Why Emotional Intelligence (EQ) Is More Important Than IQ

Updated on September 2, 2017

What Is Emotional Intelligence?

Conventional wisdom has it that there's a direct connection between our IQ and our ability to succeed in life. In school, we're ranked by our GPA. At certain points in grade school, students are given standardized tests that rank them against other students around the country. Schools are obsessed with how their students rank compared to others. A requirement for most colleges is a satisfactory score on the SAT or ACT exam. These tests are basic IQ tests, designed to gauge our math skills and reading comprehension.

But there have been many studies that show IQ only accounts for about 20% of success. The major determinants of success are social and emotional intelligence. Yet there's very little emphasis put on developing emotional intelligence. Only a handful of schools have any formal programs that address emotional intelligence.


People with well-developed emotional skills are ... more likely to be content and effective in their lives, mastering the habits of the mind that foster their own productivity; people who cannot marshal some control over their emotional life fight battles that sabotage their ability for focused work and clear thought.

— Daniel Goeman, "Emotional Intelligence"

We have an emotional mind and a rational mind. In large part, our emotional mind developed to help us survive. When man first wandered the earth, any time he encountered some new experience he needed to make instant decisions about whether the encounter involved something he could eat or something that might try to eat him. Relying on the rational mind, which works much slower than the emotional mind, might have meant the end of mankind. The emotional mind springs into action more quickly than the rational mind. But unless we learn to control the emotional mind, we will make lots of bad decisions and poor choices.


Top 5 Reasons EQ Determines Success in Life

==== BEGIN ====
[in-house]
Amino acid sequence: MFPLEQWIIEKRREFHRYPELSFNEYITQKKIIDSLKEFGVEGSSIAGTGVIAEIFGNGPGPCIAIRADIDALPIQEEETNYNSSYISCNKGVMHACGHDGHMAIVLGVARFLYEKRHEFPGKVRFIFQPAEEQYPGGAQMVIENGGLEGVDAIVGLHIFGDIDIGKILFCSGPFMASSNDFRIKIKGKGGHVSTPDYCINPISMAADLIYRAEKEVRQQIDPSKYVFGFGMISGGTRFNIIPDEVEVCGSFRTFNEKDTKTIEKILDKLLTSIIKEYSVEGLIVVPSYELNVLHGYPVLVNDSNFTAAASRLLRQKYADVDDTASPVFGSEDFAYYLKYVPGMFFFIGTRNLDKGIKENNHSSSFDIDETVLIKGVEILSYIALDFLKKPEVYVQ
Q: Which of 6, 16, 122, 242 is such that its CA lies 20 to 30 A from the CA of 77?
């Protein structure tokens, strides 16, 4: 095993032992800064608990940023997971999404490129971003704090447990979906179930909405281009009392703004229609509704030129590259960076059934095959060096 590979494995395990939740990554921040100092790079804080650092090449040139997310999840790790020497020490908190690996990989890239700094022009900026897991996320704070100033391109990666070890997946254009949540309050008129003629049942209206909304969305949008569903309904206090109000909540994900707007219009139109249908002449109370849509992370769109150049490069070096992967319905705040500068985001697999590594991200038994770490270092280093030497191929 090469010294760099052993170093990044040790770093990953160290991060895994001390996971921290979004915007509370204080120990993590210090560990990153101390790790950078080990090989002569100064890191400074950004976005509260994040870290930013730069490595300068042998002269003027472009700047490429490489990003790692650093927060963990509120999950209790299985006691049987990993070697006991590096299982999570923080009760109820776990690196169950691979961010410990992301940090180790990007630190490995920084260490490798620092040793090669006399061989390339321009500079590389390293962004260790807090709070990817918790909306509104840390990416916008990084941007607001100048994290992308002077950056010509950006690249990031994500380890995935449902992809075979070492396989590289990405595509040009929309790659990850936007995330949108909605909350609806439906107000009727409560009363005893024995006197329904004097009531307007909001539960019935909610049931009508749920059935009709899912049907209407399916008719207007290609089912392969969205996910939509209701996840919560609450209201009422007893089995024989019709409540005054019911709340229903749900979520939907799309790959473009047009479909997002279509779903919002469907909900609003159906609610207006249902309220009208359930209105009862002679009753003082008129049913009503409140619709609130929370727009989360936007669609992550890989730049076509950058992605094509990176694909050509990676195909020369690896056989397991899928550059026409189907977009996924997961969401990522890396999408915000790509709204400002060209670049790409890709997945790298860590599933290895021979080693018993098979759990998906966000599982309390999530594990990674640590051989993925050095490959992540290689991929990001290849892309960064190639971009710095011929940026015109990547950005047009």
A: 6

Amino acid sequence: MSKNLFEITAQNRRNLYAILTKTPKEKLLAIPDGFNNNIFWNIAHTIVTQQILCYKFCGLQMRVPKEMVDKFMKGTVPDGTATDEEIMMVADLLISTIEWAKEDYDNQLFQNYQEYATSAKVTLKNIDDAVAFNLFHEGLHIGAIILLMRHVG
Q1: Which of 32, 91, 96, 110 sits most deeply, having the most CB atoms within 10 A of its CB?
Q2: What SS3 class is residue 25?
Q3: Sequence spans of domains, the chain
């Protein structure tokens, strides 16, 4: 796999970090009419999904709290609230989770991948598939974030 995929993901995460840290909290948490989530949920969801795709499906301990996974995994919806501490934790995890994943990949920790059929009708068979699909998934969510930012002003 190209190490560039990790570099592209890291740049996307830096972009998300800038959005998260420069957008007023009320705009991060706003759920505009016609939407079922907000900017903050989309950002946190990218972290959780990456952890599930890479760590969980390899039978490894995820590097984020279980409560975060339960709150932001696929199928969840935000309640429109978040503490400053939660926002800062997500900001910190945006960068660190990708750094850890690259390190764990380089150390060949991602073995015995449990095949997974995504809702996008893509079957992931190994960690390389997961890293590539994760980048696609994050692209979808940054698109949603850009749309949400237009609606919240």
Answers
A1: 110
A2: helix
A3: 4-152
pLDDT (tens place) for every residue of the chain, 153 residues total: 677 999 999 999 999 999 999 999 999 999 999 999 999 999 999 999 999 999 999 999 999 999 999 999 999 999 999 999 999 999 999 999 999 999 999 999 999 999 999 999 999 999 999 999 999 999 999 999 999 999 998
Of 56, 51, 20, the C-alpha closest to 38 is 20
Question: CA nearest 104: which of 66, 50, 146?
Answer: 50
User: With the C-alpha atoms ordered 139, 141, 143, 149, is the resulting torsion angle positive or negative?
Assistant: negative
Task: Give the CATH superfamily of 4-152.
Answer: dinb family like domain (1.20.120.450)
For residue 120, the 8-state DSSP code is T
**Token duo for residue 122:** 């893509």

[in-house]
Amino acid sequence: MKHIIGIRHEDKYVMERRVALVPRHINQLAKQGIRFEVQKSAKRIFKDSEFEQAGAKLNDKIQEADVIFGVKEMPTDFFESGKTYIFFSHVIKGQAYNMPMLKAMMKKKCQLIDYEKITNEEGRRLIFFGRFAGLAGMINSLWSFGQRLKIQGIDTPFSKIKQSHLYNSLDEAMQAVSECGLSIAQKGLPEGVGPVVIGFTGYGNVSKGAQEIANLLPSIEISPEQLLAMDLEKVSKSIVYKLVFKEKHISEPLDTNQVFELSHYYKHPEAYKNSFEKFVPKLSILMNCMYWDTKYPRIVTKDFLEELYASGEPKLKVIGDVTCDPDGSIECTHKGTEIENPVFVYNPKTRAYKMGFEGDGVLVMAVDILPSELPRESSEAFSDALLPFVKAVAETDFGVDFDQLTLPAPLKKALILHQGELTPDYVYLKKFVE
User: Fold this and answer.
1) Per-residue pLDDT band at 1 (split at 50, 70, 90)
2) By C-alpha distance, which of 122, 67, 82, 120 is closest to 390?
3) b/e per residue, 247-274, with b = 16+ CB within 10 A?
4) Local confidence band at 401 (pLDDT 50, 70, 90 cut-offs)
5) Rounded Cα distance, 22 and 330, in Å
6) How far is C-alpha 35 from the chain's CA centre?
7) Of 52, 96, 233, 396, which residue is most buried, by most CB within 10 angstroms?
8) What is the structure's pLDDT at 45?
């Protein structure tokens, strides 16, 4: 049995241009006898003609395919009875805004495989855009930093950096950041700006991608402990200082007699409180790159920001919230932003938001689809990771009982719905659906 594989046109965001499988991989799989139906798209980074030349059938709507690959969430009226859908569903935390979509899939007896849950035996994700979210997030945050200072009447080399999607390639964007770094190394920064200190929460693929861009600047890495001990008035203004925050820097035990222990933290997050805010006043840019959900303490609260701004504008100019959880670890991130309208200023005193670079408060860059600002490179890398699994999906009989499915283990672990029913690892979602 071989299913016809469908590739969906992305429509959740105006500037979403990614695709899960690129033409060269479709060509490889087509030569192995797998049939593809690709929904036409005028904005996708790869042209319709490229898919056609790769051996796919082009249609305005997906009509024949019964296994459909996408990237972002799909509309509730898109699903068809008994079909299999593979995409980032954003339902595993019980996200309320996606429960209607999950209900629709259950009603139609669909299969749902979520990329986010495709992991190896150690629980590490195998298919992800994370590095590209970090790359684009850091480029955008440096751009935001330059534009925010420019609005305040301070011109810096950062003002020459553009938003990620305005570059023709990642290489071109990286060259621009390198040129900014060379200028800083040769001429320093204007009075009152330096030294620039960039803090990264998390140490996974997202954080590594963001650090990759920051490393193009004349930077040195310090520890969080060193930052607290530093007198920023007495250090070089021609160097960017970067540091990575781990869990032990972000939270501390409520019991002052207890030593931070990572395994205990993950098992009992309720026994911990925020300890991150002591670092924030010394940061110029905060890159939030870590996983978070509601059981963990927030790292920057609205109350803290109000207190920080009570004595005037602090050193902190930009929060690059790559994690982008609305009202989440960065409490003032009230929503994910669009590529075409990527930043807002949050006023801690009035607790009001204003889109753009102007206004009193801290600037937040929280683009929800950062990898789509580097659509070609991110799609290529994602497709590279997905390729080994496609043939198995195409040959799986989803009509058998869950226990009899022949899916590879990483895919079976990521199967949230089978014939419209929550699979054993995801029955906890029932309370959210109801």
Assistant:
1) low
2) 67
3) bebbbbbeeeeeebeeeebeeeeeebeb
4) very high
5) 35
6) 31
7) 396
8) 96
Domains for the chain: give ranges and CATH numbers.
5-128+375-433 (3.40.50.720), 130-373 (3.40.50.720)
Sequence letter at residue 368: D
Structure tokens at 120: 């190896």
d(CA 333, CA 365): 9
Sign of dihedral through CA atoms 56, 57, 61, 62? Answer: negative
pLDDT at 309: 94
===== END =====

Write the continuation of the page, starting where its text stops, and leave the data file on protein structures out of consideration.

Our emotional intelligence has such a large impact on our success in life, it's important that we fully develop our emotional skills. Here are the top five reasons why your emotional intelligence determines your success in life.

1. EQ has a greater impact on success than other factors.

It has been said that your IQ can land you a job, but your lack of EQ can get you fired. Your IQ only accounts for 20% of your success in life. Your emotional intelligence and social intelligence are much greater determinants of the success you will achieve in life.


2. The ability to delay gratification is a primary indicator of future success.

Delayed gratification is the top predictor of future success. People who are able to pay the price today and delay the rewards are much more likely to succeed in life. Unfortunately we have become a nation seeking instant gratification. This shows up in our everyday lives in the foods we choose to eat, the buy-now-pay-later way of life, our difficulty in adhering to an exercise regimen, and putting mindless entertainment ahead of self-development.

3. High EQ leads to healthy relationships with others.

Our emotional skills have a direct and important bearing on our relationships with others. We need to understand our feelings, where they come from, and how to properly express them. We will not maintain healthy relationships unless we can control our emotions, communicate our feelings in a constructive manner, and understand the feelings of others.


4. Emotional health impacts physical health.

There is a direct connection between our emotional health and our physical health. If our lives are filled with stress, our physical health suffers. It has been estimated that well over 80% of our health problems are stress-related. We experience stress primarily because we are not comfortable emotionally. We need to understand the link between our emotional health and our physical health.

5. Poor EQ is linked to crime and other unethical behaviors.